"Sometimes these things happen in MMA," said CBS play-by-play man Gus Johnson.
By "these things," he apparently meant post-fight brawls like the one that had just erupted in the cage following Strikeforce's main event bout between Jake Shields and Dan Henderson. If only Johnson had left off the "in MMA" part, or better yet, not tried to dismiss a complete breakdown of good sense with a flippant remark that suggested we were looking at people who weren't responsible for their own actions, maybe it wouldn't have seemed so bad.
As it was, there were likely many viewers checking out MMA on CBS for the first or second or even third time who saw the melee, heard that remark, and decided that yes, this kind of thing does just happen sometimes in this crazy sport.
After a finish like that, and at the end of a slightly boring night of fights, it's hard not to wonder what the future holds for Strikeforce and for MMA on network TV in general.
But the brawl itself is not a dealbreaker. The brawl is a regrettable footnote. The brawl, while embarrassing, might have even been the highlight for viewers of a certain type. No, the real bad news is the ratings.
An average of 2.63 million people watched Strikeforce on CBS, down from an average of 3.79 million in the same time slot for Strikeforce's November effort featuring the Fedor Emelianenko vs. Brett Rogers main event (though the actual Emelianenko-Rogers fight, which went over the allotted time, broke four million viewers).
A network will live with a little post-fight controversy if it means people are watching. But declining ratings? That's the unforgivable sin. That's what doomed Ashton Kutcher's "Game Show In My Head." If an idea that solid can be torpedoed by poor ratings, then nothing is sacred.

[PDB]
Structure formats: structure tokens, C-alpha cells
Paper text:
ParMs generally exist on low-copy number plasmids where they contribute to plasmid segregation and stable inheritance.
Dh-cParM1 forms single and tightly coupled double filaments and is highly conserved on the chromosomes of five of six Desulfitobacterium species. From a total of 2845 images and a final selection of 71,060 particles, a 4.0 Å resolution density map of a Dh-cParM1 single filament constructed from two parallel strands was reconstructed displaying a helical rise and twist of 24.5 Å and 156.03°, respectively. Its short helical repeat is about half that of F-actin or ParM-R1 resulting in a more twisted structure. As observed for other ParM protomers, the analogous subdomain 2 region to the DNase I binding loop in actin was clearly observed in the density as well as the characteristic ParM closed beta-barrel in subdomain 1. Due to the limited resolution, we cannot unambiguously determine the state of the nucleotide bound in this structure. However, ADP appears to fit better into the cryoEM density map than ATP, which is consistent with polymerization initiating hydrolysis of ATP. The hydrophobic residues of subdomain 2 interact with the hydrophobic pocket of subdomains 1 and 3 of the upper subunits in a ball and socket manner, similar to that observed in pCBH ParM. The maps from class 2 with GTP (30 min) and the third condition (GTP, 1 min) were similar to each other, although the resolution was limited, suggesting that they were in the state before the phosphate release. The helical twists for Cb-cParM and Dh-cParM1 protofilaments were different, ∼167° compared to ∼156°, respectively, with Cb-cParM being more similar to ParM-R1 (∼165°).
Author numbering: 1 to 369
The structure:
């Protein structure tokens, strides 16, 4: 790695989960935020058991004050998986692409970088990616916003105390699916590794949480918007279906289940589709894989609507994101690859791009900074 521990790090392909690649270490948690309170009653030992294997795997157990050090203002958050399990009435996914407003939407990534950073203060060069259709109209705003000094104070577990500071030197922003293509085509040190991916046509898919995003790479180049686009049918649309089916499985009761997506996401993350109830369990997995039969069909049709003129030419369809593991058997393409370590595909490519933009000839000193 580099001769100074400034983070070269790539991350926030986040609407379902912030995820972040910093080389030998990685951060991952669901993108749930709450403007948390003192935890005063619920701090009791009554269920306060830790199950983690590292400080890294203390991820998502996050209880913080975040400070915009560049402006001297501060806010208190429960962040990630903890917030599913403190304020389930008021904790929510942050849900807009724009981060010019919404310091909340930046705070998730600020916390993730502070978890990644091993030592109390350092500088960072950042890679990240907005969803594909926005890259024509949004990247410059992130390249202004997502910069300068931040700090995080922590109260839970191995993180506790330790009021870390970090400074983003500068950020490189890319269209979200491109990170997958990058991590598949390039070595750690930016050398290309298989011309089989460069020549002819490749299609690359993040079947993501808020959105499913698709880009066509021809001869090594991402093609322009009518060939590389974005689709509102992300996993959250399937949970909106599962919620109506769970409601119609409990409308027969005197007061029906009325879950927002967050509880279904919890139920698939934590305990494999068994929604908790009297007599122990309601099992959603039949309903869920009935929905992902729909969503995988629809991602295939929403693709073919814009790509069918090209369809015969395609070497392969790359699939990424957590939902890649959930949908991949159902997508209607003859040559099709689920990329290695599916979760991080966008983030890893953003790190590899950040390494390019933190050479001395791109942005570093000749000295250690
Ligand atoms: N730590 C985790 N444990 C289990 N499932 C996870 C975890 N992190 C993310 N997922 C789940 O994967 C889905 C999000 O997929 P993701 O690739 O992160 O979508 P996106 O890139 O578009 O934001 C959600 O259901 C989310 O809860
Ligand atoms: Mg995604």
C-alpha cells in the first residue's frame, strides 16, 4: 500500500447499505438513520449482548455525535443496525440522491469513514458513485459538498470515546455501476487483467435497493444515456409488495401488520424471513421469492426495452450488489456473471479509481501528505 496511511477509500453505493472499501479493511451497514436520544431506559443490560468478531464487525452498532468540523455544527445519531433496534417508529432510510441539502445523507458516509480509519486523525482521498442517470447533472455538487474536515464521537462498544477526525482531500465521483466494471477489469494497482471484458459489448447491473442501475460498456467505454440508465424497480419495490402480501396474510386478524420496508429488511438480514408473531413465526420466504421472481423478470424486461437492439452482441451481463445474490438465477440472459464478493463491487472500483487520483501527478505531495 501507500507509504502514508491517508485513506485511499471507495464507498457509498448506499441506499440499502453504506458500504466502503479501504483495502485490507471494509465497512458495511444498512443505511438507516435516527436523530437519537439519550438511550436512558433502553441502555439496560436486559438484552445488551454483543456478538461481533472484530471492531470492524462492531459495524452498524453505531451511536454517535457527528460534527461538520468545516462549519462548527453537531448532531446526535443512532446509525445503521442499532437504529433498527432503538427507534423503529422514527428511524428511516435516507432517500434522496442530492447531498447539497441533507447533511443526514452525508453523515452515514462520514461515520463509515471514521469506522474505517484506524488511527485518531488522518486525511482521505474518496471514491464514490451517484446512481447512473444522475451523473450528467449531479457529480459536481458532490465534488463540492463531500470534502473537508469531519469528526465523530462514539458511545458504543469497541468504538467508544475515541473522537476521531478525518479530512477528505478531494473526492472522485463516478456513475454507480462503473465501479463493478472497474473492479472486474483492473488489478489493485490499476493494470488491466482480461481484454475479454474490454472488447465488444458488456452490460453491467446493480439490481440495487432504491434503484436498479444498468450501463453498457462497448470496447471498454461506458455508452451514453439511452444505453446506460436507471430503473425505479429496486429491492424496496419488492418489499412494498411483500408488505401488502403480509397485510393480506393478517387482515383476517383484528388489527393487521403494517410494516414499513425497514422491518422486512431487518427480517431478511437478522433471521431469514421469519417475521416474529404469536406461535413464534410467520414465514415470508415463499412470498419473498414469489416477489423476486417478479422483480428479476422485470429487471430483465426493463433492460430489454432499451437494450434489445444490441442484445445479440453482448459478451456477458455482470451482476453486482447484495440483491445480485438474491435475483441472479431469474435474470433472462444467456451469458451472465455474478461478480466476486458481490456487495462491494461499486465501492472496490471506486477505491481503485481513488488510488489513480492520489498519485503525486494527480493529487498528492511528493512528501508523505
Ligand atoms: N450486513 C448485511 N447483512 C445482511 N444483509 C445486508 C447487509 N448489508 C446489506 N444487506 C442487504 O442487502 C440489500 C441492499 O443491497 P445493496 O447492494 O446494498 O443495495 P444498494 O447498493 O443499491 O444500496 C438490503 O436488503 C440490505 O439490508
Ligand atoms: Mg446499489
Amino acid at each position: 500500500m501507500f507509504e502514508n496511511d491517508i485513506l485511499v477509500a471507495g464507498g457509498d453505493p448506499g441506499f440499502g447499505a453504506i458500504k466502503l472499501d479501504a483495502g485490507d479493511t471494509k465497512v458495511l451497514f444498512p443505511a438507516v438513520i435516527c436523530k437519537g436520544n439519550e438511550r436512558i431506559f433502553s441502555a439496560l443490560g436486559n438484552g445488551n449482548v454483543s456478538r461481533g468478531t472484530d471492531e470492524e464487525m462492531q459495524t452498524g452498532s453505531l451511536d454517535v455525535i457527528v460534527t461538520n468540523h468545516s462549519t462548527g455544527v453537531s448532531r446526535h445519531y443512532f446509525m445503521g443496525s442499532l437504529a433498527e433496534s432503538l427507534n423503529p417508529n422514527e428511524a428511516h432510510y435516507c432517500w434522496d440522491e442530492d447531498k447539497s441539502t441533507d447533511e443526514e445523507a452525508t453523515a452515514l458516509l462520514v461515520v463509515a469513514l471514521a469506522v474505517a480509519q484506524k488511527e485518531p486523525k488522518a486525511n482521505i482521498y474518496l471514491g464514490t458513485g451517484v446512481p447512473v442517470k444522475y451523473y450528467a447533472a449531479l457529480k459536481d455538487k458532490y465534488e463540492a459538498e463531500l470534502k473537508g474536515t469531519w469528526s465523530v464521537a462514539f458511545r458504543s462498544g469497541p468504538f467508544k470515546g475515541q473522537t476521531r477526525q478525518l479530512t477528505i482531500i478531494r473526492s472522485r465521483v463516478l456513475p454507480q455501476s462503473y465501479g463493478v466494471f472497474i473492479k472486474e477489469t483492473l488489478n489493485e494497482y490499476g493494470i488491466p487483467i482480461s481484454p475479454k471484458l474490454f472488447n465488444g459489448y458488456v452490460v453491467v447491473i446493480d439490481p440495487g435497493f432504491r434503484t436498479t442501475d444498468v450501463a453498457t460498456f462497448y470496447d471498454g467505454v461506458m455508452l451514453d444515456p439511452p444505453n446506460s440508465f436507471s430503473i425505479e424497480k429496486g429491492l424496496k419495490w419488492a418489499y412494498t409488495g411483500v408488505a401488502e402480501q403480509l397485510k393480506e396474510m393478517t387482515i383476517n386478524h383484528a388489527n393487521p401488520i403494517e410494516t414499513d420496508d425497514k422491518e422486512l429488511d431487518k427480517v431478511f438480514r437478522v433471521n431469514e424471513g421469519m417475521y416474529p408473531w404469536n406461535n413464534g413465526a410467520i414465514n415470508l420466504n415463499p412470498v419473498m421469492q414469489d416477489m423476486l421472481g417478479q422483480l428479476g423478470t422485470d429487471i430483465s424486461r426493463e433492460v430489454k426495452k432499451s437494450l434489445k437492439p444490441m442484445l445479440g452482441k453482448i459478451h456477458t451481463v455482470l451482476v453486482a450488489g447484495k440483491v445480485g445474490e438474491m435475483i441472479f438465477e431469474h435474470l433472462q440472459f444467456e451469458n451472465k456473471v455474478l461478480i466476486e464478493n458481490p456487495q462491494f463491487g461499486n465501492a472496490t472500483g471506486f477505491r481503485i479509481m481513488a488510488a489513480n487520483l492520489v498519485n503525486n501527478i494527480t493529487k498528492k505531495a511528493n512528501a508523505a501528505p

More than anything, Strikeforce was hurt on Saturday by a lack of big-name fighters (read: Fedor and/or Gina Carano) that resonate with the casual viewer. But if Strikeforce can't post strong ratings for a card that features three champions and a prominent recent free-agent acquisition in the form of Henderson, CBS might well be wondering if these low ratings aren't a harbinger of things to come.
With Carano off making movies and Emelianenko proving a little difficult to work with lately, Strikeforce can't count on having either available when it really needs them. And if Strikeforce loses its deal with CBS, what will that mean for its relationships with Carano and Emelianenko?
We know Emelianenko's crew at M-1 Global wasn't happy with the exposure they received on network TV in the fall. Would they even bother showing up to a fight on premium cable these days? Or would they insist on "renegotiating" again?
But even if CBS gets skittish and decides to get out of the Strikeforce business, it doesn't necessarily mean we'll never see MMA on network TV again. Maybe it just means some expectations will have to change, particularly expectations with regards to what will bring in a vast audience. Three titles up for grabs is nice, but if fans aren't sufficiently enamored with the champs or the challengers, the hunk of leather and gold they're fighting over isn't a guaranteed ratings magnet.
Maybe it also means that one of the networks will finally get serious about courting the UFC, which has the brand recognition and fighter roster that Strikeforce doesn't. It should help that incidents like the one that marred Strikeforce's event in Nashville – you know, the kind that Gus Johnson would have us believe are symptomatic of MMA as a sport? That stuff doesn't happen in the UFC.
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